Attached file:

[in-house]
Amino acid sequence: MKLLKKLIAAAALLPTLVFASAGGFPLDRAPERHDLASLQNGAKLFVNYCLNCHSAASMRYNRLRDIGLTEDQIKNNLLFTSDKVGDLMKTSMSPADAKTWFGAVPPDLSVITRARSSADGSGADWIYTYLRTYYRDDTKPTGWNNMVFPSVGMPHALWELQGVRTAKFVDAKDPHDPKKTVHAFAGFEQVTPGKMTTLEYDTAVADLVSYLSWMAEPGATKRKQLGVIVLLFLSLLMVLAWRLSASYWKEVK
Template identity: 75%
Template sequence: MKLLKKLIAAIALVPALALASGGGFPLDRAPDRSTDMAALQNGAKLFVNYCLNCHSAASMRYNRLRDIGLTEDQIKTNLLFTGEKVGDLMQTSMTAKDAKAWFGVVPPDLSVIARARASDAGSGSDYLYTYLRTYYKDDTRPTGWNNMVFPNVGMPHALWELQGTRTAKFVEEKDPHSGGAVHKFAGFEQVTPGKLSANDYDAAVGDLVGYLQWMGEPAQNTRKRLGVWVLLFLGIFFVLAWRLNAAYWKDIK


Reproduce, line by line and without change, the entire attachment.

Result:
[in-house]
Amino acid sequence: MKLLKKLIAAAALLPTLVFASAGGFPLDRAPERHDLASLQNGAKLFVNYCLNCHSAASMRYNRLRDIGLTEDQIKNNLLFTSDKVGDLMKTSMSPADAKTWFGAVPPDLSVITRARSSADGSGADWIYTYLRTYYRDDTKPTGWNNMVFPSVGMPHALWELQGVRTAKFVDAKDPHDPKKTVHAFAGFEQVTPGKMTTLEYDTAVADLVSYLSWMAEPGATKRKQLGVIVLLFLSLLMVLAWRLSASYWKEVK
Template identity: 75%
Template sequence: MKLLKKLIAAIALVPALALASGGGFPLDRAPDRSTDMAALQNGAKLFVNYCLNCHSAASMRYNRLRDIGLTEDQIKTNLLFTGEKVGDLMQTSMTAKDAKAWFGVVPPDLSVIARARASDAGSGSDYLYTYLRTYYKDDTRPTGWNNMVFPNVGMPHALWELQGTRTAKFVEEKDPHSGGAVHKFAGFEQVTPGKLSANDYDAAVGDLVGYLQWMGEPAQNTRKRLGVWVLLFLGIFFVLAWRLNAAYWKDIK